1967 – A Man Asleep

July 18, 2017

My journey into the literature of 1967 this month sees the appearance of another of my favourite writers, Georges Perec. In 1967 Perec’s career was only beginning; his most famous novel, Life: a User’s Manual, was over ten years away, and his first, Things: A Story of the Sixties, had appeared a mere two year before. When the latter was translated into English in 1990 it was partnered with Perec’s 1967 novella, A Man Asleep (translated by Andrew Leak). As with most of Perec’s work, a plot summary is not only challenging but also inconsequential: A Man Asleep is a story where nothing happening is exactly the point.

Perhaps unsurprisingly, given Perec’s obsession with detail, the novella opens with a description of what you see with your eyes shut; not, as you might expect, darkness as:

“…the distribution, the allocation, of the areas of darkness is not homogeneous: the upper area is manifestly darker, whereas the lower area, which, to you, appears nearer… is, on the one hand much greyer, not, that is to say, much more neutral as you initially believe, but actually much whiter…”

However, there is more to the story than a sleeping man: this is a man asleep in spirit as well as body, a state which today we might describe as depression:

“At first it’s just a sort of lassitude or tiredness, as if you suddenly became aware that for a long time, for several hours, you have been succumbing to an insidious, numbing discomfort, not exactly painful but nonetheless intolerable, succumbing to the sickly-sweet and stifling sensation of being without muscles or bones, of being a sack of potatoes surrounded by other sacks of potatoes.”

The central character (not the narrator as the novella is written in second person – in French it uses the less formal tu form – and Perec had sections from the narrative read by a female voice during the film version which he made in 1974) misses his university exam – “not a premeditated action, or rather it’s not an action at all, but an absence of action” – and so begins a prolonged period of stasis. At first he keeps to his room, his only awareness of the outside world the sounds which filter through: his neighbour “coughing, dragging his feet, moving furniture, opening drawers;” his friend – “you will recognise his footfall on the stairs, you will let him knock on your door, wait, knock again, a little louder.” Even when he returns to his parents for a period he recognises them largely through the sounds they make:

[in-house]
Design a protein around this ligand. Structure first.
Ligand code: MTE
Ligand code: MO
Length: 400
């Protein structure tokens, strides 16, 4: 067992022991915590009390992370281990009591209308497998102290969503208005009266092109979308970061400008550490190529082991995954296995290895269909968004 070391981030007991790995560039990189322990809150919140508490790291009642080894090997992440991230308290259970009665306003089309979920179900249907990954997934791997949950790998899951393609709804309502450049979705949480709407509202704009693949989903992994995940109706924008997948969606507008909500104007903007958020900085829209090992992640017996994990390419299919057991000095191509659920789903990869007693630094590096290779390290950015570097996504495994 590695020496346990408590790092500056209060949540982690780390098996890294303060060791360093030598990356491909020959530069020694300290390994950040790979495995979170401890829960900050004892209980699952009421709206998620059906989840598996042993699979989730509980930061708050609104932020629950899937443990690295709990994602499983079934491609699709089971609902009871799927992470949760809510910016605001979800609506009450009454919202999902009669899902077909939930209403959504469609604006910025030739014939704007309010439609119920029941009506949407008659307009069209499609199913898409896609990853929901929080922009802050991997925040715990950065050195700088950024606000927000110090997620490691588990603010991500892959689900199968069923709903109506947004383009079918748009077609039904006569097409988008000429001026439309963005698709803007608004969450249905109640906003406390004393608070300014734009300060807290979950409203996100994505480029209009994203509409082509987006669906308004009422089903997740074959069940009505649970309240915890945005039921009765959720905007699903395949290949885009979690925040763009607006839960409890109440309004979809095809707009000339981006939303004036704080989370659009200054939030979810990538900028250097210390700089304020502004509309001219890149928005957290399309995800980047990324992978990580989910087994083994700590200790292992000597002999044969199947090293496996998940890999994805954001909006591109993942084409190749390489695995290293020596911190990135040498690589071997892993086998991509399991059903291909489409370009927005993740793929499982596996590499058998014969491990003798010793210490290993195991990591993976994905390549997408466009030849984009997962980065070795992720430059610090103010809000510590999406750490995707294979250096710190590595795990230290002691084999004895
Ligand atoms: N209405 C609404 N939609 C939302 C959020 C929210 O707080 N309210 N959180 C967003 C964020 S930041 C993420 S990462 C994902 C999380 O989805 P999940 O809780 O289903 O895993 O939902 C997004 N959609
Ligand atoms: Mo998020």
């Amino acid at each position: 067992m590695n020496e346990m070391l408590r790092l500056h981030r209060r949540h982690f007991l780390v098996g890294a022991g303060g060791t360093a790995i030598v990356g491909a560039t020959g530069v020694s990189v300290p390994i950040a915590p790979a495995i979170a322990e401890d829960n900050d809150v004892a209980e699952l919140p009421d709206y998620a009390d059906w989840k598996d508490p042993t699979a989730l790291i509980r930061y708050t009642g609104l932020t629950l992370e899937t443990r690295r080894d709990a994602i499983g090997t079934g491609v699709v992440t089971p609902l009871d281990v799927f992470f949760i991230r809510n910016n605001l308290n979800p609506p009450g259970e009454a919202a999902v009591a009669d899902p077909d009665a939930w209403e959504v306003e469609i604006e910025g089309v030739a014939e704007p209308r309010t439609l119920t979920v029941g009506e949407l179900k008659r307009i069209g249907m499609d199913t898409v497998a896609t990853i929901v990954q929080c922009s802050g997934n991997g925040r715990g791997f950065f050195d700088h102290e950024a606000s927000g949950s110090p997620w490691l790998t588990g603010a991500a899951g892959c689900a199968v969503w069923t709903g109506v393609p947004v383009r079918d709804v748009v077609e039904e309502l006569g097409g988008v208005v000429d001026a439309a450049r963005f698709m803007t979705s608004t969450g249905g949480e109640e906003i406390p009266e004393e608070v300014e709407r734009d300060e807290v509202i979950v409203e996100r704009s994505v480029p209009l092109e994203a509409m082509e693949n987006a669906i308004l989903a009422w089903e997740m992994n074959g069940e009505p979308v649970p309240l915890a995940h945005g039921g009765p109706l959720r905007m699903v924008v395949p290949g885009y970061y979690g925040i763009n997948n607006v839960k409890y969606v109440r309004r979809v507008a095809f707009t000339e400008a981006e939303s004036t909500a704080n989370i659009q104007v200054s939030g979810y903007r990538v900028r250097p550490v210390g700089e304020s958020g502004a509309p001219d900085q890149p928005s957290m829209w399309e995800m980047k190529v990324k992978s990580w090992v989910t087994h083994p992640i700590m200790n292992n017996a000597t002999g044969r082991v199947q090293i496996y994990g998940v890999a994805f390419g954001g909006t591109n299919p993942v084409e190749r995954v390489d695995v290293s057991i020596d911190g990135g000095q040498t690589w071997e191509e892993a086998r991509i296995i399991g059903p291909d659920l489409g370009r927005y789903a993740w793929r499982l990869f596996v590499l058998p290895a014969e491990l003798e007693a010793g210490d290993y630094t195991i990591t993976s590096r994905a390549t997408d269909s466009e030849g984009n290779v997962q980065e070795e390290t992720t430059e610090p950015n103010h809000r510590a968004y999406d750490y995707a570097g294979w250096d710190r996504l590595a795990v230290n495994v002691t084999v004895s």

“You can hear them moving about the house, going up- and down-stairs, coughing, opening drawers.”

The repetition seems to indicate that all surroundings are somehow the same. In this way Perec encapsulates the futility and meaninglessness of life we can feel when we are young:

“You have hardly started living and yet, all is said, all is done. You are only twenty-five, yet your path is mapped out for you. The roles are prepared and the labels: from the potty of your infancy to the bath chair of your old age, all the seats are ready and waiting their turn.”

This, of course, injects the narrative with a strong dose of self-pity, and perhaps Perec chose second person to make this more palatable and encourage readers to identify points in their life when they have felt the same. This does not mean, however, that the novel is hopeless or nihilistic. The character seems to come to a realisation at the end that his obsession with pointlessness is itself pointless:

“Indifference is futile… You can believe, if you want, that by eating the same meal every day you are making a decisive gesture. But your refusal is futile. Your neutrality is meaningless. Your inertia is just as vain as your anger.”

A Man Asleep reminded me of a more recent novel, Helle Helle’s This Should Be Written in the Present Tense. Helle’s novel appears superficially (i.e. to me) to be about a woman who is depressed, but Helle herself saw the novel as optimistic, simply about someone who was drifting through life, almost as if this were a necessary stage. While Perec’s novel is apparently based on his own depression when he was twenty, the ending suggests he sees something necessary about that period of his life, and the first sight of an escape. Certainly the novel captures as well as any other what it feels like to be young and paralysed by unhappiness; Perec, for all his technical tricks, understood emotion.

Glaxo

July 16, 2017

Hernan Rosino’s novella Glaxo (translated by Samuel Rutter) begins with the railway line to the small Argentinian town where it is set being dismantled: